Near-Infrared Fluorescence Hydrogen Peroxide Assay for Versatile Metabolite Biosensing in Whole Blood
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CitationMatoori, Simon and David J. Mooney. (2020). Near‐Infrared Fluorescence Hydrogen Peroxide Assay for Versatile Metabolite Biosensing in Whole Blood. Small 60, no. 20. doi:10.1002/smll.202000369
AbstractIn emergency medicine, blood lactate levels are commonly measured to assess the severity and response to treatment of hypoperfusion-related diseases (e.g., sepsis, trauma, cardiac arrest). Clinical blood lactate testing is conducted with laboratory analyzers, leading to a delay of three hours between triage and lactate result. Here we describe a fluorescence-based blood lactate assay, which could be utilized for bedside testing, based on measuring the hydrogen peroxide generated by the enzymatic oxidation of lactate. To establish a hydrogen peroxide assay, near-infrared cyanine derivatives were screened and sulfo-cyanine 7 was identified as a new HRP substrate, which loses its fluorescence in presence of HRP and hydrogen peroxide. As hydrogen peroxide is rapidly cleared by erythrocytic catalase and glutathione peroxidase, sulfo-cyanine 7, HRP, and lactate oxidase were encapsulated in a liposomal reaction compartment. In lactate-spiked bovine whole blood, the newly developed lactate assay exhibited a linear response in a clinically relevant range after 10 min. Substituting lactate oxidase with glucose and alcohol oxidase allowed for blood glucose, ethanol, and methanol biosensing, respectively. This easy-to-use, rapid, and versatile assay may be useful for the quantification of a variety of enzymatically oxidizable metabolites, drugs, and toxic substances in blood and potentially other biological fluids.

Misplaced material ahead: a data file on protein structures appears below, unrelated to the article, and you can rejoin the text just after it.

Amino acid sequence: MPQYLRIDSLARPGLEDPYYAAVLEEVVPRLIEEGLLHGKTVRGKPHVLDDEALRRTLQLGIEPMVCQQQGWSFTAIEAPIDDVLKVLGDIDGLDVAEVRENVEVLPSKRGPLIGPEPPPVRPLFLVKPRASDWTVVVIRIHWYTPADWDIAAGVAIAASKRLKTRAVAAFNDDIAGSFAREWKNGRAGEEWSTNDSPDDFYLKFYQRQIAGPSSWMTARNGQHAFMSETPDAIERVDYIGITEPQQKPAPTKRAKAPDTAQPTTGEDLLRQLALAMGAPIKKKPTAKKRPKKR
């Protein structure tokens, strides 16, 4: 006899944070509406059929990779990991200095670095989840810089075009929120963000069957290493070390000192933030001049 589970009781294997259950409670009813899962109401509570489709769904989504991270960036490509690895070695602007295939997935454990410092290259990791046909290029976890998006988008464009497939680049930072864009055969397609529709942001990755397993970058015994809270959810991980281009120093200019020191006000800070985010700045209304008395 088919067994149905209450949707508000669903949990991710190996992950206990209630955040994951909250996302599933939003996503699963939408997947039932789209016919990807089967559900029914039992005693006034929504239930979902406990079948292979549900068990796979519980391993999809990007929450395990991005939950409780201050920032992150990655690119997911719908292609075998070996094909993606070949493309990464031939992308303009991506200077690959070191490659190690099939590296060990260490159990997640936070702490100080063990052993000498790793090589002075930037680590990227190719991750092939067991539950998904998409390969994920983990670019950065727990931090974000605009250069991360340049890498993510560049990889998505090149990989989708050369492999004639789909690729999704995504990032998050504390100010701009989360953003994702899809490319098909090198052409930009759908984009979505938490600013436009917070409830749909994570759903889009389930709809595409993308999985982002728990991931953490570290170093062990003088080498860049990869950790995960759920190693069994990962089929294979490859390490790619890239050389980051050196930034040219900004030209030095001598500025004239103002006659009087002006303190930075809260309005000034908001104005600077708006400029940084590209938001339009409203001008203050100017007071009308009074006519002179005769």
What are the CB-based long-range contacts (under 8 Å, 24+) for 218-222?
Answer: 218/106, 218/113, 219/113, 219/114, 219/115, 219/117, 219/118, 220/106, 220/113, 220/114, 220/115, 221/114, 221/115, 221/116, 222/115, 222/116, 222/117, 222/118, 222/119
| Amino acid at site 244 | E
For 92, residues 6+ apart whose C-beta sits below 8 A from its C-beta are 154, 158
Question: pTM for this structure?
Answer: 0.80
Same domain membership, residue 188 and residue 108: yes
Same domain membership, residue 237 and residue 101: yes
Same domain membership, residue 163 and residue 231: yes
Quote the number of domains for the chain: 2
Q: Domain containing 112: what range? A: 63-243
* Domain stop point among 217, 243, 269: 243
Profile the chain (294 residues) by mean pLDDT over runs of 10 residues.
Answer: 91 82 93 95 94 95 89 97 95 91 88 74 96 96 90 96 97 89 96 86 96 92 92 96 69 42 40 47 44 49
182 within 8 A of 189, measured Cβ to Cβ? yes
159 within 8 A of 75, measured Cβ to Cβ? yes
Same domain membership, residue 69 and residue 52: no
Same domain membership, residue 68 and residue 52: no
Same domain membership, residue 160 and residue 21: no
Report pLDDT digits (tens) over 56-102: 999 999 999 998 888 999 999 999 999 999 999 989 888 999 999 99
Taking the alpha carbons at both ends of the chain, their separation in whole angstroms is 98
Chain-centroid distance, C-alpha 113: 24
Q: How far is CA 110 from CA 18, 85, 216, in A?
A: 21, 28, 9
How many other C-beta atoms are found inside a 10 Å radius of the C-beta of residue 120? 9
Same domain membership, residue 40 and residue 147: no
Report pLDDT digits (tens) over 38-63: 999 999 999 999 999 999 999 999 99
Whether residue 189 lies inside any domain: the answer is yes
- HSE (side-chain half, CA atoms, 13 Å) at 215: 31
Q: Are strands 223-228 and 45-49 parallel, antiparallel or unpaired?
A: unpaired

Citable link to this pagehttps://nrs.harvard.edu/URN-3:HUL.INSTREPOS:37367257
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